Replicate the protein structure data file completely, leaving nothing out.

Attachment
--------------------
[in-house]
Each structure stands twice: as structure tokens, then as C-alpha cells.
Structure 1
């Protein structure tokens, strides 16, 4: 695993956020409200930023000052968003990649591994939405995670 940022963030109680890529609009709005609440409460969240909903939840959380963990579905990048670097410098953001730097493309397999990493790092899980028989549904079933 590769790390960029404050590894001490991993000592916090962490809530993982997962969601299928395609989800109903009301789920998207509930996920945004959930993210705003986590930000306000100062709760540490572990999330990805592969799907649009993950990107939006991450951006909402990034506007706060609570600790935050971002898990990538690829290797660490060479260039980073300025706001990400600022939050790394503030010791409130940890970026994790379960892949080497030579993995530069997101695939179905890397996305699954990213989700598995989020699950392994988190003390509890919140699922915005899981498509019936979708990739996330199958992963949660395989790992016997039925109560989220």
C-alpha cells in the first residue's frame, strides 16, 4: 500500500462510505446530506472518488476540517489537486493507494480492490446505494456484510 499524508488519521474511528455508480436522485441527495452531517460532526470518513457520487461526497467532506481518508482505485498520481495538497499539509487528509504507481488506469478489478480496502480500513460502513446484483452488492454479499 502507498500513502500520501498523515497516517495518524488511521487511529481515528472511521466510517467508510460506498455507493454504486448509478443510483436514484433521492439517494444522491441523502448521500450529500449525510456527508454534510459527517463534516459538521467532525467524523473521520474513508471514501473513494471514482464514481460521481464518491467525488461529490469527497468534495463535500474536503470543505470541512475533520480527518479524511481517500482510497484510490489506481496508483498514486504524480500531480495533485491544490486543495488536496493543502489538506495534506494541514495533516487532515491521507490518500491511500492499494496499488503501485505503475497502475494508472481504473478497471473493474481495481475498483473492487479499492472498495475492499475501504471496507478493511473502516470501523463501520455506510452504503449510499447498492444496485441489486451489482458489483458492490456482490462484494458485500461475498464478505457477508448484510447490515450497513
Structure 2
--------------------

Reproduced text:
[in-house]
Each structure stands twice: as structure tokens, then as C-alpha cells.
Structure 1
């Protein structure tokens, strides 16, 4: 695993956020409200930023000052968003990649591994939405995670 940022963030109680890529609009709005609440409460969240909903939840959380963990579905990048670097410098953001730097493309397999990493790092899980028989549904079933 590769790390960029404050590894001490991993000592916090962490809530993982997962969601299928395609989800109903009301789920998207509930996920945004959930993210705003986590930000306000100062709760540490572990999330990805592969799907649009993950990107939006991450951006909402990034506007706060609570600790935050971002898990990538690829290797660490060479260039980073300025706001990400600022939050790394503030010791409130940890970026994790379960892949080497030579993995530069997101695939179905890397996305699954990213989700598995989020699950392994988190003390509890919140699922915005899981498509019936979708990739996330199958992963949660395989790992016997039925109560989220």
C-alpha cells in the first residue's frame, strides 16, 4: 500500500462510505446530506472518488476540517489537486493507494480492490446505494456484510 499524508488519521474511528455508480436522485441527495452531517460532526470518513457520487461526497467532506481518508482505485498520481495538497499539509487528509504507481488506469478489478480496502480500513460502513446484483452488492454479499 502507498500513502500520501498523515497516517495518524488511521487511529481515528472511521466510517467508510460506498455507493454504486448509478443510483436514484433521492439517494444522491441523502448521500450529500449525510456527508454534510459527517463534516459538521467532525467524523473521520474513508471514501473513494471514482464514481460521481464518491467525488461529490469527497468534495463535500474536503470543505470541512475533520480527518479524511481517500482510497484510490489506481496508483498514486504524480500531480495533485491544490486543495488536496493543502489538506495534506494541514495533516487532515491521507490518500491511500492499494496499488503501485505503475497502475494508472481504473478497471473493474481495481475498483473492487479499492472498495475492499475501504471496507478493511473502516470501523463501520455506510452504503449510499447498492444496485441489486451489482458489483458492490456482490462484494458485500461475498464478505457477508448484510447490515450497513
Structure 2